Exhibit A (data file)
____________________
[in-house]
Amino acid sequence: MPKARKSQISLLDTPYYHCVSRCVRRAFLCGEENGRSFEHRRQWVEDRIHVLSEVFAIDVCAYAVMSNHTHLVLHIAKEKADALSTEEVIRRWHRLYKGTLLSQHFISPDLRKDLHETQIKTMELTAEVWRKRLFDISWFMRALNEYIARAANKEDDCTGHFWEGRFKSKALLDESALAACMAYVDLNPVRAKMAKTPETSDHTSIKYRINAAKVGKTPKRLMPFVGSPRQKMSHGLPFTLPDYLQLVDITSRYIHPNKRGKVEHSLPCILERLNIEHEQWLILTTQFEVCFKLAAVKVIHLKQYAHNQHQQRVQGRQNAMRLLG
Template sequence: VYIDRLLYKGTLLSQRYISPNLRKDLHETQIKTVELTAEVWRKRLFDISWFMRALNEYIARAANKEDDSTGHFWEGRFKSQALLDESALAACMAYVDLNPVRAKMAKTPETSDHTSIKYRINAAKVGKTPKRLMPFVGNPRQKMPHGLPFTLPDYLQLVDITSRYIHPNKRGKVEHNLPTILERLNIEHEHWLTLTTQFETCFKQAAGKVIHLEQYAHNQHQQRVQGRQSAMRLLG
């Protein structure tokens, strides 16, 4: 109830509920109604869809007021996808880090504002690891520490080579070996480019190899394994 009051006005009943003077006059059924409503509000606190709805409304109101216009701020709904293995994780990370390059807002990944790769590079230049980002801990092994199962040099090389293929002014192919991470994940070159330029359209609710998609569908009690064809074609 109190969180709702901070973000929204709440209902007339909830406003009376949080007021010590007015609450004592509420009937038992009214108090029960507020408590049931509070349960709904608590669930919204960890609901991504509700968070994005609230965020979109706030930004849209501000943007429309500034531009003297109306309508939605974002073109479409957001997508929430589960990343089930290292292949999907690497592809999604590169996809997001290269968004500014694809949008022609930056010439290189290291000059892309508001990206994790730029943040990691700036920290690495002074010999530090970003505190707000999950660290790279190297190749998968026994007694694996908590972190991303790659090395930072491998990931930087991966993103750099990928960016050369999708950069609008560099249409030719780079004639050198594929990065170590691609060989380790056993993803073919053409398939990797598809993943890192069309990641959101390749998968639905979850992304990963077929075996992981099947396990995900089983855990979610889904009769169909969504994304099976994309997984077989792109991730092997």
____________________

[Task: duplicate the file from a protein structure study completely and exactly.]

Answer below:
[in-house]
Amino acid sequence: MPKARKSQISLLDTPYYHCVSRCVRRAFLCGEENGRSFEHRRQWVEDRIHVLSEVFAIDVCAYAVMSNHTHLVLHIAKEKADALSTEEVIRRWHRLYKGTLLSQHFISPDLRKDLHETQIKTMELTAEVWRKRLFDISWFMRALNEYIARAANKEDDCTGHFWEGRFKSKALLDESALAACMAYVDLNPVRAKMAKTPETSDHTSIKYRINAAKVGKTPKRLMPFVGSPRQKMSHGLPFTLPDYLQLVDITSRYIHPNKRGKVEHSLPCILERLNIEHEQWLILTTQFEVCFKLAAVKVIHLKQYAHNQHQQRVQGRQNAMRLLG
Template sequence: VYIDRLLYKGTLLSQRYISPNLRKDLHETQIKTVELTAEVWRKRLFDISWFMRALNEYIARAANKEDDSTGHFWEGRFKSQALLDESALAACMAYVDLNPVRAKMAKTPETSDHTSIKYRINAAKVGKTPKRLMPFVGNPRQKMPHGLPFTLPDYLQLVDITSRYIHPNKRGKVEHNLPTILERLNIEHEHWLTLTTQFETCFKQAAGKVIHLEQYAHNQHQQRVQGRQSAMRLLG
């Protein structure tokens, strides 16, 4: 109830509920109604869809007021996808880090504002690891520490080579070996480019190899394994 009051006005009943003077006059059924409503509000606190709805409304109101216009701020709904293995994780990370390059807002990944790769590079230049980002801990092994199962040099090389293929002014192919991470994940070159330029359209609710998609569908009690064809074609 109190969180709702901070973000929204709440209902007339909830406003009376949080007021010590007015609450004592509420009937038992009214108090029960507020408590049931509070349960709904608590669930919204960890609901991504509700968070994005609230965020979109706030930004849209501000943007429309500034531009003297109306309508939605974002073109479409957001997508929430589960990343089930290292292949999907690497592809999604590169996809997001290269968004500014694809949008022609930056010439290189290291000059892309508001990206994790730029943040990691700036920290690495002074010999530090970003505190707000999950660290790279190297190749998968026994007694694996908590972190991303790659090395930072491998990931930087991966993103750099990928960016050369999708950069609008560099249409030719780079004639050198594929990065170590691609060989380790056993993803073919053409398939990797598809993943890192069309990641959101390749998968639905979850992304990963077929075996992981099947396990995900089983855990979610889904009769169909969504994304099976994309997984077989792109991730092997």